Join Gordon Hookey for the launch of his brilliantly illustrated artist monograph, A MURRIALITY. This publication accompanies the first survey exhibition of his work, on view at the IMA until December 23.
Featuring essays by José Da Silva, Bruce Johnson McLean, Liz Nowell, and Pablo José Ramírez, alongside two conversational texts from Shannon Brett and Jax Compton, this publication is a rich survey of Hookey’s immense artistic output from the early 1990s to the present day.
Following an introductory conversation with Katina Davidson, Gordon will be offering a book signing – drawing one of his iconic kangaroos in each copy purchased.
Please note: This exhibition contains adult content including strong language and graphic imagery.
The IMA strongly encourages mask-wearing onsite in the galleries and for events to keep our community safe. If you are displaying symptoms of COVID-19 or are feeling unwell, please stay home.
We are committed to making the IMA accessible to people of all abilities, their families, and carers, as well as visitors of different ages and different backgrounds.
The gallery entrance is on the ground floor of the Judith Wright Arts Centre, on Berwick Street. There is wheelchair access and an accessible toilet with baby changing facilities also located on the ground floor, and we welcome guide and support dogs.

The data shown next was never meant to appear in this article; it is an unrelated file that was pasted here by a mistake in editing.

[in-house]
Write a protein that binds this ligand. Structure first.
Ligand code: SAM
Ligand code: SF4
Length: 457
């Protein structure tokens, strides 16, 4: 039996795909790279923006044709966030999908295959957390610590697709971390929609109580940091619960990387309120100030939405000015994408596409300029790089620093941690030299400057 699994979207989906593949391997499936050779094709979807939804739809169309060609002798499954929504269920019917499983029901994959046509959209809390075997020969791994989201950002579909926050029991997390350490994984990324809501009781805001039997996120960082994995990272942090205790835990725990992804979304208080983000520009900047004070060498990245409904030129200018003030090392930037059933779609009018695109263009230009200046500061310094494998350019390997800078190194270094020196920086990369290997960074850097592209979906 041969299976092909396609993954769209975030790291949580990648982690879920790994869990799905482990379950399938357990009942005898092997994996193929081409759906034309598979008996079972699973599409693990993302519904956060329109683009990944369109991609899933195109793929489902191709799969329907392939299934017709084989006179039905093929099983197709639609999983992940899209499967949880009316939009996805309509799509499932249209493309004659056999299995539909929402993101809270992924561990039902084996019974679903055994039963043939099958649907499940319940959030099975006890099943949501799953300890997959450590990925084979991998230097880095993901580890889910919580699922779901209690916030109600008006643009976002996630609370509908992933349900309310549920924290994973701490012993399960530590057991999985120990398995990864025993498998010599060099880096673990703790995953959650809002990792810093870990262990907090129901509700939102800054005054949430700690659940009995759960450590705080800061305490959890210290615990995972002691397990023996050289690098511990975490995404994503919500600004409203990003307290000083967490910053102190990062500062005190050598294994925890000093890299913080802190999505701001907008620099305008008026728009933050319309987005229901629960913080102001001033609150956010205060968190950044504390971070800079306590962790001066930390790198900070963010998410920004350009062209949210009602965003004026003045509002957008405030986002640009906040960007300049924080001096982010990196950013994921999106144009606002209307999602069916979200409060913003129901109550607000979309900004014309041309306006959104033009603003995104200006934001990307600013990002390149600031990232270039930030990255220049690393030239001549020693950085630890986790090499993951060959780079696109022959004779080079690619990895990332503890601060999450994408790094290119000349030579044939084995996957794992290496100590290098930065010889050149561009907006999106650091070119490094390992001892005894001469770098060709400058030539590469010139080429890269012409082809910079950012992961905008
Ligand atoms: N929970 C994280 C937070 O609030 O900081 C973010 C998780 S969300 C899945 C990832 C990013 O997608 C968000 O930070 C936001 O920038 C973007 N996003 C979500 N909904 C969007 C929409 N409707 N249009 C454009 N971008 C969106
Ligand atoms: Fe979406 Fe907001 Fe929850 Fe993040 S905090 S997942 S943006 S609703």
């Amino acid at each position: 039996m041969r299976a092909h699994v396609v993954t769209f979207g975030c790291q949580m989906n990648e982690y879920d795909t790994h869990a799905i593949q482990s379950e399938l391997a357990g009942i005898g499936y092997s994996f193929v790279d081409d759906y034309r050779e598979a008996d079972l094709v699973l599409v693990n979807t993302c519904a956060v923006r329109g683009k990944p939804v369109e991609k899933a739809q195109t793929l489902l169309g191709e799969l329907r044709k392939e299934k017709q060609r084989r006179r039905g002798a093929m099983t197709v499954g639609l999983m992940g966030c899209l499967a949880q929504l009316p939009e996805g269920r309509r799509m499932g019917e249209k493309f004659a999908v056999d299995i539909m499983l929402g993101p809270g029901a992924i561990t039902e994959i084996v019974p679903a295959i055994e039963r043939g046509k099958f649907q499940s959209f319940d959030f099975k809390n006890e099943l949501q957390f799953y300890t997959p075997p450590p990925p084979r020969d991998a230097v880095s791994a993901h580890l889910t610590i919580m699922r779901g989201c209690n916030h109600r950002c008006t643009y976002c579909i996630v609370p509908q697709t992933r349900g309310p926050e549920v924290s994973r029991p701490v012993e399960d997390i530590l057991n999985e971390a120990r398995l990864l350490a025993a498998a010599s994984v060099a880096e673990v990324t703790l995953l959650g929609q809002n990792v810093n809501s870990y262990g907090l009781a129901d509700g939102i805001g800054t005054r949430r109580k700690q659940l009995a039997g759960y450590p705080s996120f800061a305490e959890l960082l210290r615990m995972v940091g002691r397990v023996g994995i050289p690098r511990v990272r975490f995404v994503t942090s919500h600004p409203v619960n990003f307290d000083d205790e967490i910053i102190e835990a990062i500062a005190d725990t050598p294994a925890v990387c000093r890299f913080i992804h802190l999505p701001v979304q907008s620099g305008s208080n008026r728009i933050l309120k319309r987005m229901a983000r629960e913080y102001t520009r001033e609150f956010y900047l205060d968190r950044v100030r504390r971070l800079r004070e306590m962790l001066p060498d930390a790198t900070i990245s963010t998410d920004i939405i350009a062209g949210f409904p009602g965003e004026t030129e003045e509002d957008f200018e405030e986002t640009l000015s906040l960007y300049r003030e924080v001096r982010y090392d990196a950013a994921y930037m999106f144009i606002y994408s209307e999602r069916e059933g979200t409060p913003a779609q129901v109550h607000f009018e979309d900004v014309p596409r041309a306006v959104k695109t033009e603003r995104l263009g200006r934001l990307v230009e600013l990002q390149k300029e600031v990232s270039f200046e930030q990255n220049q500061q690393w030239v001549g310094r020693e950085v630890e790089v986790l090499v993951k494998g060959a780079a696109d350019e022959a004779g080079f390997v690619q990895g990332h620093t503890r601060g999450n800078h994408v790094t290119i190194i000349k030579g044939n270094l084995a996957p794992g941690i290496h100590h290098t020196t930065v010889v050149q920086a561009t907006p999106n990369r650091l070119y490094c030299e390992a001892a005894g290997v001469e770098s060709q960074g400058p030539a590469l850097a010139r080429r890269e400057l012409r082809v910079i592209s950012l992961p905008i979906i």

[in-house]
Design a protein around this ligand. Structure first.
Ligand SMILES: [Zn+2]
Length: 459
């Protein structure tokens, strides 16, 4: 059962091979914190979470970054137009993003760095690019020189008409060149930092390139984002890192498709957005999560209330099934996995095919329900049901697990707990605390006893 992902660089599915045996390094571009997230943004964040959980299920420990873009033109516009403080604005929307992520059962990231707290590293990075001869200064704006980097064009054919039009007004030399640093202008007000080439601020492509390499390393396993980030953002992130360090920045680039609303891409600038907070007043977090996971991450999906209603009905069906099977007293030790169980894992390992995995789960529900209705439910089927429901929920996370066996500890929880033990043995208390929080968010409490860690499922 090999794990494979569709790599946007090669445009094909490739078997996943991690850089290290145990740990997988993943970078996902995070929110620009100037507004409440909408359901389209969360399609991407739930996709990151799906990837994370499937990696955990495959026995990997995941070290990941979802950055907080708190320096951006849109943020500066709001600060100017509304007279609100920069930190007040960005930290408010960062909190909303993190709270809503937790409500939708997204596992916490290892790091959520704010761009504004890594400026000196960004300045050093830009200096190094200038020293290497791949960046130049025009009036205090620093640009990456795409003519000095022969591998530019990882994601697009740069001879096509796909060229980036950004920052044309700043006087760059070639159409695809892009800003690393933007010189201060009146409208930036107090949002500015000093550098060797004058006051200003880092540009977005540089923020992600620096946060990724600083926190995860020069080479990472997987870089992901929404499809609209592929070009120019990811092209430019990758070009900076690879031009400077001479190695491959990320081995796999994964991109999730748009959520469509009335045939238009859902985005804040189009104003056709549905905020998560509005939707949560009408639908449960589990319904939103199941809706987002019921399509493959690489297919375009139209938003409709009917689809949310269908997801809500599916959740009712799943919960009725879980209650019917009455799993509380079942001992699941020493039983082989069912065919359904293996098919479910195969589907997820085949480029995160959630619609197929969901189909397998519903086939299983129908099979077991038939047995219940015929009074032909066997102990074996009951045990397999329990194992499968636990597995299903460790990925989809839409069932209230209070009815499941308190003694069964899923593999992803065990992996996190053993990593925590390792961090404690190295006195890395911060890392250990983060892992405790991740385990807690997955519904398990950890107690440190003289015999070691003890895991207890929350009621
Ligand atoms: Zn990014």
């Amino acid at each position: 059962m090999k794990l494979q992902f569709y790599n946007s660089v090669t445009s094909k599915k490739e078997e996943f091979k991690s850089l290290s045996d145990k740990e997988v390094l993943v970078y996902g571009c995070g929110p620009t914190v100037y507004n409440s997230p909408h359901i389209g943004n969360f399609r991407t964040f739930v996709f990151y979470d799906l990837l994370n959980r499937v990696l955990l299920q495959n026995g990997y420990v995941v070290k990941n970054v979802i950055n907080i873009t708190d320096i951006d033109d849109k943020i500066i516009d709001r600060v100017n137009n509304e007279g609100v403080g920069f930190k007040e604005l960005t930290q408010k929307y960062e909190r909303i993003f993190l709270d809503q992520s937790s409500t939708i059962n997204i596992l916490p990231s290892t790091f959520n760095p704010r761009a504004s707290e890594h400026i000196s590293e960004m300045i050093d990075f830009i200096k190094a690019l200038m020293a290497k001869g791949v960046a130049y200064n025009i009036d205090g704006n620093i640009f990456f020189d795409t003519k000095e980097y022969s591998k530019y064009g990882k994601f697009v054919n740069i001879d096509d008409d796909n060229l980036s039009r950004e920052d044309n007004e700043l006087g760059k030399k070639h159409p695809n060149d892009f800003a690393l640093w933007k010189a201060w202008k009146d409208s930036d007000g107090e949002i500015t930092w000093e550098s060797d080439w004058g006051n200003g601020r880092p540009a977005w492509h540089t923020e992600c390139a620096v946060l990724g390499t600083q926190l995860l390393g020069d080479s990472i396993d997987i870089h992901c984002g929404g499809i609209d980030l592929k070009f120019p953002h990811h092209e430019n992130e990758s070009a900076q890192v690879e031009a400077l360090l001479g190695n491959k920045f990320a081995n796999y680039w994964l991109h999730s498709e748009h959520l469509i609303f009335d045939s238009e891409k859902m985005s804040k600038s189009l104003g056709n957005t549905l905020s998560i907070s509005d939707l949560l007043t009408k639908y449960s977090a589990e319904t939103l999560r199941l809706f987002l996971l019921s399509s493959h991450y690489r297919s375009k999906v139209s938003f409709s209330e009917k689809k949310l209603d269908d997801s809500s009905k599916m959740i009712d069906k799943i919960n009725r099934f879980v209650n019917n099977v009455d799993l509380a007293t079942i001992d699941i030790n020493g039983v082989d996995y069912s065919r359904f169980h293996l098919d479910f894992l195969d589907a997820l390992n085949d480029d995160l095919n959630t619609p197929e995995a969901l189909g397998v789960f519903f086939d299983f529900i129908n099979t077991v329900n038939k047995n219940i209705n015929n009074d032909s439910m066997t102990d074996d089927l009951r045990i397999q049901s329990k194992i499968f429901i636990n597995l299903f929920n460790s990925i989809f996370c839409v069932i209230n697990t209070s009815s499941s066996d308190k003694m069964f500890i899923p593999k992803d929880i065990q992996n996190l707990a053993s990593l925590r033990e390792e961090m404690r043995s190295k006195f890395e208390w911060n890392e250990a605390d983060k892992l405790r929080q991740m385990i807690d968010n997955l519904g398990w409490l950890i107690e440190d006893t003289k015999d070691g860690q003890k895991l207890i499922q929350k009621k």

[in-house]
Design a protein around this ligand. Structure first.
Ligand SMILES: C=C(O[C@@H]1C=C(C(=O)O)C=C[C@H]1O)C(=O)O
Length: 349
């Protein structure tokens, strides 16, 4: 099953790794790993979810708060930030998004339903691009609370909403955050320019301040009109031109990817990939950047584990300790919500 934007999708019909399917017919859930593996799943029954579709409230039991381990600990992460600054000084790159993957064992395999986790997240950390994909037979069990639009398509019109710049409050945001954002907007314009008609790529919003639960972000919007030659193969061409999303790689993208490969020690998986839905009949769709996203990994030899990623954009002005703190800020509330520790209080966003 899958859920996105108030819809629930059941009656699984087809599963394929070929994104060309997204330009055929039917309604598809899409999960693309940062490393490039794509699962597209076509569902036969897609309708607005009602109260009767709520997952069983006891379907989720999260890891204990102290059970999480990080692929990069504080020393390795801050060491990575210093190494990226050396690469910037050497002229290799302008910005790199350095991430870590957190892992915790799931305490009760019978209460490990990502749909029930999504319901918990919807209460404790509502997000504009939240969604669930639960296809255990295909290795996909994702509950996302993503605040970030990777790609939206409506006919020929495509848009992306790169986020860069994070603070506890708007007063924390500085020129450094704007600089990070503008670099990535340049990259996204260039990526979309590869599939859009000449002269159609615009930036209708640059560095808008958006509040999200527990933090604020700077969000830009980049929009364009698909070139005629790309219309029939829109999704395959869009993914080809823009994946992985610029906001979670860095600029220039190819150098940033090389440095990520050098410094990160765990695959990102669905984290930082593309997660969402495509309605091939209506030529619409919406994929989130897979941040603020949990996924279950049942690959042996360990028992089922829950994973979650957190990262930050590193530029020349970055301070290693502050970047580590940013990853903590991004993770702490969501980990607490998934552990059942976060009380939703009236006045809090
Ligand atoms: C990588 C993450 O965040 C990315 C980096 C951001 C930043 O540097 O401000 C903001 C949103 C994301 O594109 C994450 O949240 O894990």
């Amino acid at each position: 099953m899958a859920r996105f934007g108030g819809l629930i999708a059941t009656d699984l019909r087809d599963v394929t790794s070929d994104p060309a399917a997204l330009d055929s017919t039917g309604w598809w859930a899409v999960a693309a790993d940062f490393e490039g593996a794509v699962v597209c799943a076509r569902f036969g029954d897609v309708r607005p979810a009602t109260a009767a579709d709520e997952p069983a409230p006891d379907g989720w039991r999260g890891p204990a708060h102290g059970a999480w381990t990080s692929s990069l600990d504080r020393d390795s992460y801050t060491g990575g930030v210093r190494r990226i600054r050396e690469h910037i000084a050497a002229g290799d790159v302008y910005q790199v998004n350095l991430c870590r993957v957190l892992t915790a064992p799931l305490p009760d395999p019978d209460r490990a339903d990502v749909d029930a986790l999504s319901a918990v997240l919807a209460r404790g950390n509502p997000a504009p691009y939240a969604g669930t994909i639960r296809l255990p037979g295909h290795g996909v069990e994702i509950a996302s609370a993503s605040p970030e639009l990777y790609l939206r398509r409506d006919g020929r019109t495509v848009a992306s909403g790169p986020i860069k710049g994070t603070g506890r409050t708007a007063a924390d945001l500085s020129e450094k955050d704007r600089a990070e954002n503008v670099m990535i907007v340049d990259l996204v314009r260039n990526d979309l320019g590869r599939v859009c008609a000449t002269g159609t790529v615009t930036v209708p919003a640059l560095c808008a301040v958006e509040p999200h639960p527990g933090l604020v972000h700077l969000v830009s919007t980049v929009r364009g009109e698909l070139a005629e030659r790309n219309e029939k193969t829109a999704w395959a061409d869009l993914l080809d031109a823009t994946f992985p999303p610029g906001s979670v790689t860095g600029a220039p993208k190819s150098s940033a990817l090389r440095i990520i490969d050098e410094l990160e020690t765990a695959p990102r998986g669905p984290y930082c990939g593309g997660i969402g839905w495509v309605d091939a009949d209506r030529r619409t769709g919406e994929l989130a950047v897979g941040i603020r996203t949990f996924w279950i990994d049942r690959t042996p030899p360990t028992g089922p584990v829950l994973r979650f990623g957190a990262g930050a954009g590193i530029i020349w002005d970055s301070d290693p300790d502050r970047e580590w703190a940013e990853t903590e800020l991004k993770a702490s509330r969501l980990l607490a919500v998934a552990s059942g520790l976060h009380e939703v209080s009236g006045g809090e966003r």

Gordon Hookey was born in Cloncurry, Queensland in 1961. He currently lives and works in Brisbane. Hookey belongs to the Waanyi people and locates his art at the interface where Aboriginal and non-Aboriginal cultures converge. He explicitly attacks the establishment and implicates our current political representatives. His style and approach is distinctive in its vibrancy and best known for its biting satire of Australia’s political landscape, its leaders and representatives. Hookey is a core member of Brisbane-based Indigenous collective proppaNOW alongside fellow artists including Richard Bell, Vernon Ah Kee and Jennifer Herd. His work is held in major collections within Australia including the Queensland Art Gallery | Gallery of Modern Art and University of Queensland Art Museum in Brisbane in Brisbane, Art Gallery of Western Australia in Perth, National Gallery of Australia and Australian National University in Canberra, National Gallery of Victoria in Melbourne, University of Technology in Sydney and a number of significant private collections.